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Fiji Time: 3:38 PM on Thursday 18 September

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China says it is for peace and not power politics

Tuesday, December 18, 2007

CHINA follows a national defence policy that is defensive in nature but does not pose a threat to any country, said Chinese Embassy spokesman Lihua Hu.

He was responding to a submission made by Canterbury University Associate Professor John Henderson that riots such as those that happened in Tonga and the Solomon Islands could happen in Fiji and Vanuatu and give a reason for China to bring in its military to protect the Chinese community here.

"China pursues an independent foreign policy of peace and developing relations with Pacific countries on the basis of equality, mutual benefit and respect," said Mr Hu.

"China has offered a lot of aid to the Pacific island countries including Fiji, with no political conditions attached.

"China does not pose a military threat to any other country. China opposes all forms of hegemonism and power politics and will never seek hegemony or engage in expansion." Mr Hu said China did not station any troops or set up any military base in any foreign country and the submission by Prof Henderson as reported in the New Zealand Herald which alleged that China would send its military to the region was groundless.

Mr Hua said Chinese people living in Fiji and abroad were hard working, peace-loving, law-abiding and had adapted well to and enjoyed harmonious relations with the locals.

He said they contributed a lot to the development of the host country.

Prof Henderson's comment was part of his submission to the New Zealand Parliament's foreign affairs select committee inquiring into NZ relations with Pacific countries and was labelled far-fetched by Parmesh Chand, the permanent secretary in the interim Prime Minister's Office.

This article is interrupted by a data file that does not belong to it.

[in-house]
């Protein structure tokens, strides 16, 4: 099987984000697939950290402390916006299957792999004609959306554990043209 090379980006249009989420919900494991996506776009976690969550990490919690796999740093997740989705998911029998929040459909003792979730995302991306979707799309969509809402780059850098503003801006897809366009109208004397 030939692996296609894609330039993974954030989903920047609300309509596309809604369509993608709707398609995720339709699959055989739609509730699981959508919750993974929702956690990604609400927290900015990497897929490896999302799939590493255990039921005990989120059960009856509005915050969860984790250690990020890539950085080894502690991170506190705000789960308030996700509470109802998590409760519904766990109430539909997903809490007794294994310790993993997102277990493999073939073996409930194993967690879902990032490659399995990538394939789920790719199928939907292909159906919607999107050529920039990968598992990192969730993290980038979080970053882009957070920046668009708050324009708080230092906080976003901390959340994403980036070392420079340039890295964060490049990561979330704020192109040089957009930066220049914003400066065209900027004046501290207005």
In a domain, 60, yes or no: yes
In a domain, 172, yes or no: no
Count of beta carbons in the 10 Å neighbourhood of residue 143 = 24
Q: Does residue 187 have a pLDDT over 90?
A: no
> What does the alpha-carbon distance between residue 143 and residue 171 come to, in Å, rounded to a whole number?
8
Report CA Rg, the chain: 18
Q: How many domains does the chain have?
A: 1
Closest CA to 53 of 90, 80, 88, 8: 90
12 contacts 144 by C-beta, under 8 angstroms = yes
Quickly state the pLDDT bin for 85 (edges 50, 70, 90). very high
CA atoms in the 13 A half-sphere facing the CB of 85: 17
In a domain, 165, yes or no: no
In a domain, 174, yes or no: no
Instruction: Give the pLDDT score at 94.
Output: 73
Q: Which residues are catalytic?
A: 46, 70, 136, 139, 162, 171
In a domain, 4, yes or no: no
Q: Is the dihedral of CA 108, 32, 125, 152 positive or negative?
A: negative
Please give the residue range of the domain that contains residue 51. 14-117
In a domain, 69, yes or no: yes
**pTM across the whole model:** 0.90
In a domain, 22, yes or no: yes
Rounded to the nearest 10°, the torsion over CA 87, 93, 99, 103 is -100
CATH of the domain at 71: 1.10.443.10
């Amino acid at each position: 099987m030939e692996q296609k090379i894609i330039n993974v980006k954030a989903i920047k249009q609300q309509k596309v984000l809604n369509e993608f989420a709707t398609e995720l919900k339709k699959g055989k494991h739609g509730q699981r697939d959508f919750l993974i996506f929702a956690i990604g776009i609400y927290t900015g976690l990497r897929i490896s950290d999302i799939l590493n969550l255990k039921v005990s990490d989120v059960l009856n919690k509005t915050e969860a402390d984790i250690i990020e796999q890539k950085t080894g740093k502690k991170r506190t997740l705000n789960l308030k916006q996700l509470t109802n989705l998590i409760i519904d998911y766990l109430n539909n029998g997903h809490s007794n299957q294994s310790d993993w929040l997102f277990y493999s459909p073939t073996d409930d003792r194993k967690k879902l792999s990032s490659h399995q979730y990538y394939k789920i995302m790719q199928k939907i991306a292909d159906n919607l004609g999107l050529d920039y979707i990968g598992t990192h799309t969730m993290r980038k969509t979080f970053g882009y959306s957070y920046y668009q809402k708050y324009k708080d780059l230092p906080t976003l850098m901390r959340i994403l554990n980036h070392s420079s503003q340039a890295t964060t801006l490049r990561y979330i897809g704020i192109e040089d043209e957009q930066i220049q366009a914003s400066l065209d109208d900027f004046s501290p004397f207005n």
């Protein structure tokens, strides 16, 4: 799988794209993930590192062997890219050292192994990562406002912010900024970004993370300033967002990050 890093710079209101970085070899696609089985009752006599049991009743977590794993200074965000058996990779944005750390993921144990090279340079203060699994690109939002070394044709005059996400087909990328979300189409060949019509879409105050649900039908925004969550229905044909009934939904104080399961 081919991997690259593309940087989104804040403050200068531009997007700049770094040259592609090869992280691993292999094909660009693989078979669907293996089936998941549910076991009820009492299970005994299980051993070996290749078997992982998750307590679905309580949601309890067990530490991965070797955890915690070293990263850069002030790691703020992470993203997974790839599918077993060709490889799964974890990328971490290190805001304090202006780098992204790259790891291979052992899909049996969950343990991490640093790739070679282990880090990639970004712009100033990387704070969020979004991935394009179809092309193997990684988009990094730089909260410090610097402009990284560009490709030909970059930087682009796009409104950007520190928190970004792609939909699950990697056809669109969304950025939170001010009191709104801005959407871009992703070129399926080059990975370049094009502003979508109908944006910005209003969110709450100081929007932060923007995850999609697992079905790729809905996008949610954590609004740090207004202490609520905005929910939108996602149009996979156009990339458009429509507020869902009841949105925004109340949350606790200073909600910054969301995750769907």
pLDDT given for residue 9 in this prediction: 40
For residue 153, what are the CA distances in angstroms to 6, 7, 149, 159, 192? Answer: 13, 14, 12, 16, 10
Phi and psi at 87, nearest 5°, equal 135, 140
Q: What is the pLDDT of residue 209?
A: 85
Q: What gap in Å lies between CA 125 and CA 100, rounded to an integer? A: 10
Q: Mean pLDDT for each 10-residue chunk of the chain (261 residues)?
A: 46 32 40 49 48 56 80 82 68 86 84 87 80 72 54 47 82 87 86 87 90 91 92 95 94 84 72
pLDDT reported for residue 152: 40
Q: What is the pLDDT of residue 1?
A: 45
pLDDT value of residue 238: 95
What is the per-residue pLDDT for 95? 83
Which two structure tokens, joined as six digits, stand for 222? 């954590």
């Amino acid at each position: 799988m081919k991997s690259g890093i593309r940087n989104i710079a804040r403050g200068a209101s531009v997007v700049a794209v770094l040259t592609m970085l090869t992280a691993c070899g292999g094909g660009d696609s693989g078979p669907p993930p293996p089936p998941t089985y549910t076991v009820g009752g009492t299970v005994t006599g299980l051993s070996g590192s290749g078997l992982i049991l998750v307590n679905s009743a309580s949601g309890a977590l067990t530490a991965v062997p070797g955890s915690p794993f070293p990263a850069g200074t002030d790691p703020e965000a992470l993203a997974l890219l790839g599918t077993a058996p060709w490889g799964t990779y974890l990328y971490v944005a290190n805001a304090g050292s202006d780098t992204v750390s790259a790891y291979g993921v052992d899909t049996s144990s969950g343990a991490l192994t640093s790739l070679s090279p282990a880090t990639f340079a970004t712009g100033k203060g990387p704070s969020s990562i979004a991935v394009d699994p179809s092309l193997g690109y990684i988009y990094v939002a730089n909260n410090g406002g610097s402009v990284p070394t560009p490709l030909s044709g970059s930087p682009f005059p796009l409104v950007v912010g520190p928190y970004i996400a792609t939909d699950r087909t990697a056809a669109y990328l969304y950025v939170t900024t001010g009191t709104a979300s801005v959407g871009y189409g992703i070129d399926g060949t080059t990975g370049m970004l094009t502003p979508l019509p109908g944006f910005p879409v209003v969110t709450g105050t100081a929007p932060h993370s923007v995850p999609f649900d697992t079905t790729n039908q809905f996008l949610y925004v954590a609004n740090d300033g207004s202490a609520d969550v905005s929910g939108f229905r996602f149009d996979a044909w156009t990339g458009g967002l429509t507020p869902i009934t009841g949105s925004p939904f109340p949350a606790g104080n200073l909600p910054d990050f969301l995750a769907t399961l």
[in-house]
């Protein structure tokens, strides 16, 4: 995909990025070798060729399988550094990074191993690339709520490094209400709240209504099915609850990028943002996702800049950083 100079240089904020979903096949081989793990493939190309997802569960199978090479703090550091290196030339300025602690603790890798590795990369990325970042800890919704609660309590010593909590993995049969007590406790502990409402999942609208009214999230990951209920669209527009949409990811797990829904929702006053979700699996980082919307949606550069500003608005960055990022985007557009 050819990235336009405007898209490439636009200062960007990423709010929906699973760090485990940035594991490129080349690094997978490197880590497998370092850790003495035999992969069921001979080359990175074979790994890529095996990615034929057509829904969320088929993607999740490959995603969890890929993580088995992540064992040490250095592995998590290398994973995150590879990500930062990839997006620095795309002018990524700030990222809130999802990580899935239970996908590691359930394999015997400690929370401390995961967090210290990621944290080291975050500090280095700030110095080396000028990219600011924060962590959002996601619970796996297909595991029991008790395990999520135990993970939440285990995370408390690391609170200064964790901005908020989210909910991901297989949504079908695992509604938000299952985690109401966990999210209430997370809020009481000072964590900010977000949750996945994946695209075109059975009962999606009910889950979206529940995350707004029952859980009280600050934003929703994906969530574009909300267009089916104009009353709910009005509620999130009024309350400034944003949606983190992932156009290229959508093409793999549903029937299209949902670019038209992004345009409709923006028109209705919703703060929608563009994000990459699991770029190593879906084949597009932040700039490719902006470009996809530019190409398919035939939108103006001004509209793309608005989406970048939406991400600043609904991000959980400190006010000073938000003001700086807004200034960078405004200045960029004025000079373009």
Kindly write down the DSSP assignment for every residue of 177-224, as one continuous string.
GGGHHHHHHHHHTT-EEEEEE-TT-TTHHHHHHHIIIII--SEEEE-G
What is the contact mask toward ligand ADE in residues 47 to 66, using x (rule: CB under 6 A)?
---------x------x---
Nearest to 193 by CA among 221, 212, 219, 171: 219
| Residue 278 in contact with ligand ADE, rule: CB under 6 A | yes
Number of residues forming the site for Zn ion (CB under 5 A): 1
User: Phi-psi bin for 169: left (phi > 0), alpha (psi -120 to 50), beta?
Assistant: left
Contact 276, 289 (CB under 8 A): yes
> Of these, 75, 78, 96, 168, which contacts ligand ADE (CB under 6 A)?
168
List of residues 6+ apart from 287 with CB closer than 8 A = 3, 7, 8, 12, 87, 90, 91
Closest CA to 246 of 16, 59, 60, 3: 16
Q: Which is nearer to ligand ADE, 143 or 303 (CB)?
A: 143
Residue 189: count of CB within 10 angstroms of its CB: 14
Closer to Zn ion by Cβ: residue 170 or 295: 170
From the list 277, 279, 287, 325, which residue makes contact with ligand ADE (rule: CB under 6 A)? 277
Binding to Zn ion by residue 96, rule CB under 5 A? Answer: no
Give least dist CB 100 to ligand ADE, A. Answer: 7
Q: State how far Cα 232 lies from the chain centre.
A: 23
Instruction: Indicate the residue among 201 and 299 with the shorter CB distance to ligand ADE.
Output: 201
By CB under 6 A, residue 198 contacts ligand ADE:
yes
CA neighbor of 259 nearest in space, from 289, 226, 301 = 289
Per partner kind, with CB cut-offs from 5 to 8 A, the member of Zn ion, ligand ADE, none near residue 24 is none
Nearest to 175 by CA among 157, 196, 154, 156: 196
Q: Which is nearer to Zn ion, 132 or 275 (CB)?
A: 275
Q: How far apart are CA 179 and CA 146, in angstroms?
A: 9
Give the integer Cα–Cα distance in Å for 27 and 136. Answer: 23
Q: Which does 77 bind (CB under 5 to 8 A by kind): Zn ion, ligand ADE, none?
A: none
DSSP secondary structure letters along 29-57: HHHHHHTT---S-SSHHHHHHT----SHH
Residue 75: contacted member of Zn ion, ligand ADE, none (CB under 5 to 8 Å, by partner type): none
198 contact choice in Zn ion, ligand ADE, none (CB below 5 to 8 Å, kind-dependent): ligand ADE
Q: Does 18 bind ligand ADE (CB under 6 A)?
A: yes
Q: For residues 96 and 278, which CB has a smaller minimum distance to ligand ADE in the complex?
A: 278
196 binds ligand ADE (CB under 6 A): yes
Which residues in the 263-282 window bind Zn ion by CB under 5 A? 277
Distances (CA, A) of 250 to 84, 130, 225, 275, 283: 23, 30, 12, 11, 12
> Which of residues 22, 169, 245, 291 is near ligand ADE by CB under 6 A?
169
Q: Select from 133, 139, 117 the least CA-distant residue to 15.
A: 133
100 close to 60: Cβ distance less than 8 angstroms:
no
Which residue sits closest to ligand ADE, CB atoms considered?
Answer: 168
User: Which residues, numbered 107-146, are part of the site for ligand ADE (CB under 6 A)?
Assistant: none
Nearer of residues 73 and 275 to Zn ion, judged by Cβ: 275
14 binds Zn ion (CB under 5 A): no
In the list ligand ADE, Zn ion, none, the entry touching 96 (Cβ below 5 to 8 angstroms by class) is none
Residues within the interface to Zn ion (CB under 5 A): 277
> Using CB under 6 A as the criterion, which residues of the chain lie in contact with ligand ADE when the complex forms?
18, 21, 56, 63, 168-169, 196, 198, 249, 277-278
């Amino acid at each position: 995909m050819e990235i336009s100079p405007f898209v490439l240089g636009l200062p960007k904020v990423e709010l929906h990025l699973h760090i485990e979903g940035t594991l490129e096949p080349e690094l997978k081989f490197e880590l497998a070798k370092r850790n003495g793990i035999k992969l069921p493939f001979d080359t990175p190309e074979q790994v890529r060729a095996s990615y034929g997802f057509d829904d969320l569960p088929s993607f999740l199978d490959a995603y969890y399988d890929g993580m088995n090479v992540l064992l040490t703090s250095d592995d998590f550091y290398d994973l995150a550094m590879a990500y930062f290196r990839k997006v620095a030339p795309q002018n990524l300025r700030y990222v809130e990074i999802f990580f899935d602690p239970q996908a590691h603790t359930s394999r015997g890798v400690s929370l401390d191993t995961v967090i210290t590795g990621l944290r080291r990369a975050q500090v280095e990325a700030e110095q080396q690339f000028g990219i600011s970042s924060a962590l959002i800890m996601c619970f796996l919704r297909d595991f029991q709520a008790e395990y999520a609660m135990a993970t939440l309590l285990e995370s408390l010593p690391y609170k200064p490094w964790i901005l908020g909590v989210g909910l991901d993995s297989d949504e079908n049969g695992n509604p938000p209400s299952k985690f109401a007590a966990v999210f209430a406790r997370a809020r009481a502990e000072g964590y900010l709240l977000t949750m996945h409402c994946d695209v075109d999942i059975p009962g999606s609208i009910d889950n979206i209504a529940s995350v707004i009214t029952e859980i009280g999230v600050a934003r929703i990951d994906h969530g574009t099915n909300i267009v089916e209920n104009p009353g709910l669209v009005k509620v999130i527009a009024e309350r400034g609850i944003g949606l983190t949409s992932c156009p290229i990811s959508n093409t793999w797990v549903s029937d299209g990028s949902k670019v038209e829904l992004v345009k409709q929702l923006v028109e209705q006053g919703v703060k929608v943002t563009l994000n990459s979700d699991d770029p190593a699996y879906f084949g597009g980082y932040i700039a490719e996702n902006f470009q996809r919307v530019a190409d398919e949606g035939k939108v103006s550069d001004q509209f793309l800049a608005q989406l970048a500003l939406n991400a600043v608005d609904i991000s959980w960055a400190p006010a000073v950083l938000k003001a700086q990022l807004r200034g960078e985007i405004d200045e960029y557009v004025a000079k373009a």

Mr Chand said Fiji had no problem with Chinese people living in Fiji because they were law abiding and Fiji was a multi-cultural country where people's rights were protected.

Prof Henderson believes the region has not seen the last of such rioting against Chinese residing on island nations.

The article reported there were claims the rioting in Nuku'alofa, in which eight people died, was used by Tongan business owners as a cover to target their more successful Chinese competitors.

The professor said the same could happen in Vanuatu and Fiji where it is estimated there are now more than 20,000 Chinese living there.

He said Pacific island traders were anxious their livelihood was being taken away by Chinese traders, often getting in by buying political privilege, playing a role in rigging elections and cutting locals out of the action, not being sensitive to the local customs and cultural practices.

Meanwhile, a senior army officer who did not want to be named, said if New Zealand and Australia saw it fit to bring in their troops to protect their citizens in the region, they should not react if China did the same to protect its citizens.


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